I was a little tired from recent exertions but still mastered the countless hills. I take them as they come. They take me as I am. Today's ride was without positive direction. I took turnings at a whim to discover and rediscover lanes softened by autumnal beauty. Without for a moment disturbing its long peace. Only some cats fear me. As in the case of the one above. It ran to its rustic refuge, but stopped to watch me. Remaining curious as I took its photograph. I wonder if it knew it was miles from nowhere?
I could have taken a hundred pictures of the countryside. Though none would have done justice to the views of a rolling landscape seen through appreciative eyes. The reds, golds and greens of autumn are reward enough for tolerating the long Danish winter. I am indeed fortunate to be still able to enjoy it and have the strength to take myself there. All without the hideous intrusion, sensory deprivation and isolating deafness of using a vehicle.
The curious merely notice my passing through their own 'middle of nowhere.' I smile, usually to myself. Or nod gently at human reaction. Do they see the clown, the athlete or the poser in cycling gear? Riding silently along. On a machine they automatically associate with handicap. But which I wear with pride as a badge of unseen courage and skill.
I was asked by a chap in a cycling shop why I rode three wheels. I tried to explain (in Danish) that I like the challenge and the eccentricity of not following the herd. He asked, as most do, if I had anything wrong with me? I replied; "Only in the head." That always makes them smile. Dissolves the fear of potential embarrassment. I explained there were hundreds of others like myself back at home. All of whom choose to ride trikes for the fun and the challenge. He seemed surprised and probably saw the British in quite another light. There is no undoing discovery once the cat is out of the bag.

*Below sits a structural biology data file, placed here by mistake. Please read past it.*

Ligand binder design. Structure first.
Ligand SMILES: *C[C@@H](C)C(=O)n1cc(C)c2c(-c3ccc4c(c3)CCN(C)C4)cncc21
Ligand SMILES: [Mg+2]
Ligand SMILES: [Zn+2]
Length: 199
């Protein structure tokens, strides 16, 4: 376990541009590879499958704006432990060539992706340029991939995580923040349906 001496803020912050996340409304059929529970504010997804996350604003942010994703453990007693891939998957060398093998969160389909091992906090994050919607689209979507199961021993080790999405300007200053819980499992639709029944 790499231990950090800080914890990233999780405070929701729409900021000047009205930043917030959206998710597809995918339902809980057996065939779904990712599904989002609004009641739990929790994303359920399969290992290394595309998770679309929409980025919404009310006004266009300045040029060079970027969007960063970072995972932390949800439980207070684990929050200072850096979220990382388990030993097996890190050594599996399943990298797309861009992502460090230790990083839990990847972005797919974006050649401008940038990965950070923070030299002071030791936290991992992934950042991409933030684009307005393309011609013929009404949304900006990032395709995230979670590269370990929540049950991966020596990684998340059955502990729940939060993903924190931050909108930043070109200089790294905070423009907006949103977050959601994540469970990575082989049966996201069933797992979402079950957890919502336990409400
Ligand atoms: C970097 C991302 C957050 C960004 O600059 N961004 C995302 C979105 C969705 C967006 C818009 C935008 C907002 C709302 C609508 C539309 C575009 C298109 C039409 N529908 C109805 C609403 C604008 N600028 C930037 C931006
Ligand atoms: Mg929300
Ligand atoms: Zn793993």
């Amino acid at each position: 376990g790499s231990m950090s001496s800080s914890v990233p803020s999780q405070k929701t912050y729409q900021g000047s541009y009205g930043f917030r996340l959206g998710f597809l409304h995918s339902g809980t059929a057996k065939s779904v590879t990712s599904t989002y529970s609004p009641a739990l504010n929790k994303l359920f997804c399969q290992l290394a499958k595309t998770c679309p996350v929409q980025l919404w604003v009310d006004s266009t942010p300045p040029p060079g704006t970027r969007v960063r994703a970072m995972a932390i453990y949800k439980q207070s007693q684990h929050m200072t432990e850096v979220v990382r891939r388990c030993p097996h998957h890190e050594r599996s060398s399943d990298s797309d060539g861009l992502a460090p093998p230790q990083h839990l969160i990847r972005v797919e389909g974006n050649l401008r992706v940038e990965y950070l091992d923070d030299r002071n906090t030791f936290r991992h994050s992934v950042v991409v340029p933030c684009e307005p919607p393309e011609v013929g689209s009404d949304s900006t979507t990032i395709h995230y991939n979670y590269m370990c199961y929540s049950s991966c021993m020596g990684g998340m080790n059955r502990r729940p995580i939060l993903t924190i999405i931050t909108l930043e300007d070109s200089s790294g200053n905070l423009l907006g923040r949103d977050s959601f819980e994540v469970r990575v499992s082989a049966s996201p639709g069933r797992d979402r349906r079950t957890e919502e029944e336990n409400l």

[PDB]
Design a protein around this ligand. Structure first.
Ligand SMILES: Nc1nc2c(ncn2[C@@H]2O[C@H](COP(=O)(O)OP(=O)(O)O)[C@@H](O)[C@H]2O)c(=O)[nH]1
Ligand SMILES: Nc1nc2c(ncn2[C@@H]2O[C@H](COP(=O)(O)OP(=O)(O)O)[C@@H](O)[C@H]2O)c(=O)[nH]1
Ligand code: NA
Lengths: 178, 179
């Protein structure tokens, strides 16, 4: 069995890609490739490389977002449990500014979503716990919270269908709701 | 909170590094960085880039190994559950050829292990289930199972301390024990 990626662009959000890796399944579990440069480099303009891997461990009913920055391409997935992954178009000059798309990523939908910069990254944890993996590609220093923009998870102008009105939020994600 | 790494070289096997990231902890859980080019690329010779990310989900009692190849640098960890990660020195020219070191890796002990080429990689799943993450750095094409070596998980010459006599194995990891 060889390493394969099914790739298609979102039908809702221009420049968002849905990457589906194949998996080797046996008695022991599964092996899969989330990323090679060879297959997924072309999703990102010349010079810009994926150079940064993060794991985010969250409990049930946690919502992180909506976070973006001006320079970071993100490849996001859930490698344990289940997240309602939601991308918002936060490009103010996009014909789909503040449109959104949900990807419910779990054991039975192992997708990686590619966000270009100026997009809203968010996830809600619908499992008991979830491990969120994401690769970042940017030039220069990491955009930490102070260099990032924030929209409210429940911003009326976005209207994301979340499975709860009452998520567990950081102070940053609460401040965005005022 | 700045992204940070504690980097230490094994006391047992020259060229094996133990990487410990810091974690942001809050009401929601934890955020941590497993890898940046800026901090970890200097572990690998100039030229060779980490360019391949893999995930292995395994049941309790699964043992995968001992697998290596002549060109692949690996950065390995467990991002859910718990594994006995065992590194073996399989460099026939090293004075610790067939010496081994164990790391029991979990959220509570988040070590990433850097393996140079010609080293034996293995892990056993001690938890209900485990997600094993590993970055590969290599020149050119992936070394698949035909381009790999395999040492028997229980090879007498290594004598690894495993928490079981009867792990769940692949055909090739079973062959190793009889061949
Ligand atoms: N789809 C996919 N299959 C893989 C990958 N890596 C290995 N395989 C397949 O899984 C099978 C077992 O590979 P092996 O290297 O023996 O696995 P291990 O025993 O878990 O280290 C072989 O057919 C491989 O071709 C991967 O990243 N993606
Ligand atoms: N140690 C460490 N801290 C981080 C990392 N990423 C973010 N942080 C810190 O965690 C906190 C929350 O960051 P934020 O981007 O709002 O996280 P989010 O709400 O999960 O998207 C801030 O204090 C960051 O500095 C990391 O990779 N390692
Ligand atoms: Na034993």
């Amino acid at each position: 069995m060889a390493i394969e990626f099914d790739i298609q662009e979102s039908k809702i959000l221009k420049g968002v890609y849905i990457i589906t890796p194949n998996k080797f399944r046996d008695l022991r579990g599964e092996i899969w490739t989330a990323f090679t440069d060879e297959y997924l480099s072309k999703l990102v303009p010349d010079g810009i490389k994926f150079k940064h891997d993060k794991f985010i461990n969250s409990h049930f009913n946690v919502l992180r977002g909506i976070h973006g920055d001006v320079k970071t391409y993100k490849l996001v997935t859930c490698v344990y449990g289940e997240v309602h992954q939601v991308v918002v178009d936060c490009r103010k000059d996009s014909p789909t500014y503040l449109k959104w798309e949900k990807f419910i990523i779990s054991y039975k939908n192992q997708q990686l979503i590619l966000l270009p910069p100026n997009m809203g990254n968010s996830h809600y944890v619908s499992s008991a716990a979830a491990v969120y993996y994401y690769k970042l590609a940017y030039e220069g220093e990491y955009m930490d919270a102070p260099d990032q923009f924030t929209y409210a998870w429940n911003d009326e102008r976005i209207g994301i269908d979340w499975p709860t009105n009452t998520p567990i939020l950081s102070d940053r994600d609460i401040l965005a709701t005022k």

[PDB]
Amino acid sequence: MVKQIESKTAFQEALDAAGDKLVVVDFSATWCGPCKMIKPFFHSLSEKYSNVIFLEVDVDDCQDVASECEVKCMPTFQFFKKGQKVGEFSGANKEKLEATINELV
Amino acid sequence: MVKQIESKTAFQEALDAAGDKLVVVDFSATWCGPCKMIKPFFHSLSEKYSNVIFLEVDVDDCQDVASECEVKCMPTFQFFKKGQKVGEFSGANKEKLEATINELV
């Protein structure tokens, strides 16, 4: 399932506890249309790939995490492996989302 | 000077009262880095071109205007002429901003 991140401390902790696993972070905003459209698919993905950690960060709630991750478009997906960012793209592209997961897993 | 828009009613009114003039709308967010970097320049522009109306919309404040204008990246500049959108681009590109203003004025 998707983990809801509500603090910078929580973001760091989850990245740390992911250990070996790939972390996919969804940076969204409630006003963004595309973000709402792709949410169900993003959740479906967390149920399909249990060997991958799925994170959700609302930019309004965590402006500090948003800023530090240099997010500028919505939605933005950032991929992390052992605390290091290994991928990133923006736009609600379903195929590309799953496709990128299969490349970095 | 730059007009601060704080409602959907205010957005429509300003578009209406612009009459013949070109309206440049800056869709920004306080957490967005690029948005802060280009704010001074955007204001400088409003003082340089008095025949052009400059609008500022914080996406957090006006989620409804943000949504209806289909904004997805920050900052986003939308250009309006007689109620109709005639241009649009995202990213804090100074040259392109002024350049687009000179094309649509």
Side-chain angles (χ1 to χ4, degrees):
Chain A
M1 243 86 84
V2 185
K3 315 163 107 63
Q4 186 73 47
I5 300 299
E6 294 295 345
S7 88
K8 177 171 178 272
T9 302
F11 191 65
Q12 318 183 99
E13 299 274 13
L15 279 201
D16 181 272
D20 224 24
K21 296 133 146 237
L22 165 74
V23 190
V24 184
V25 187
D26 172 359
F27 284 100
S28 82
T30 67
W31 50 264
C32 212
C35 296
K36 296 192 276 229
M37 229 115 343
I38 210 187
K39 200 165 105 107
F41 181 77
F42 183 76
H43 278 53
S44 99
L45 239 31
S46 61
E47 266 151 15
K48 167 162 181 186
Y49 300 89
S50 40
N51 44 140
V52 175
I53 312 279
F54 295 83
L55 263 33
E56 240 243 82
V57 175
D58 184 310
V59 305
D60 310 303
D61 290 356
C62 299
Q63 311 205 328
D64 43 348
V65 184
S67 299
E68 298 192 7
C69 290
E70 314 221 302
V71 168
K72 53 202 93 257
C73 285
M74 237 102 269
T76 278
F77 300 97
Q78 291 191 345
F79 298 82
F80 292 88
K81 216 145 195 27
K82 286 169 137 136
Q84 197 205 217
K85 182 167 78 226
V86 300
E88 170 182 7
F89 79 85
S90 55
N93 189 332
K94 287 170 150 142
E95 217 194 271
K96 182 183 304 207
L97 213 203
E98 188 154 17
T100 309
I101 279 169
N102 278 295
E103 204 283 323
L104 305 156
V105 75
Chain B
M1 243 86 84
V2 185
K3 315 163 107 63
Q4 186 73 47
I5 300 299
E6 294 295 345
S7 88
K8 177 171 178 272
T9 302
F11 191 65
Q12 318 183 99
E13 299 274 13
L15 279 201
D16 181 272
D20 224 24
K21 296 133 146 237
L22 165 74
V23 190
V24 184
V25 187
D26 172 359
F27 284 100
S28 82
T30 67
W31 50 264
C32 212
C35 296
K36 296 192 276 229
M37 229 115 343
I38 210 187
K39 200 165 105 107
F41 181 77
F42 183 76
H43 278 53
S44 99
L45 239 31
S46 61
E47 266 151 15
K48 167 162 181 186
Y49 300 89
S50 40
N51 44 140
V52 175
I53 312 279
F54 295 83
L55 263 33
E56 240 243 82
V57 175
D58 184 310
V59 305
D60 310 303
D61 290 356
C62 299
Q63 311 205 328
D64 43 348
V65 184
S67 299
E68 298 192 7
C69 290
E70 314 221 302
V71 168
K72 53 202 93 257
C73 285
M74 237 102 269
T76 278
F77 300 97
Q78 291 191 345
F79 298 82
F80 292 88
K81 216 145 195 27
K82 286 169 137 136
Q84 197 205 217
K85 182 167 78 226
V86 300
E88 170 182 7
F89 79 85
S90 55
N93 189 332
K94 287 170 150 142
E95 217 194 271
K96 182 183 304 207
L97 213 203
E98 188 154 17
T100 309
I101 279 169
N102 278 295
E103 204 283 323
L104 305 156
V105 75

29th 37F, 3C, 45mph gales and heavy rain forecast until midnight. A rest day. (Tidying the shed!) NOT!
I have added a link to a Longstaff Adobe.pdf document on servicing their 2WD including a drawing on the March 2010 post on Longstaff Axle Removal: Scroll down to the bottom of the post.
The link was originally posted at the on3wheels post triking forum.
And, to save you searching: The Longstaff Adobe.pdf link itself:
Shame I wasn't feeling stronger after my rest day. My legs were rather achy and tired. The weather wasn't even up to a ride around the block yesterday. Even a short ride on a rest day seems to keep the aches and pains away.
31st 41-45F, 5-7C, rather cloudy with gales. Gusty too, but fortunately it was mostly sideways on. Several common items not on the shelves again. Wore the Nidd saddle for another trial. Still not happy. It is so hard that it is difficult to ignore. I spend a lot of time getting up and sitting down again. Or sliding back and forth. I had a crazy idea to treat it to some carefully spaced weights which are lifted and lowered by a rocking tree. The idea was to simulate sit bones rocking from side to side. 20 more miles.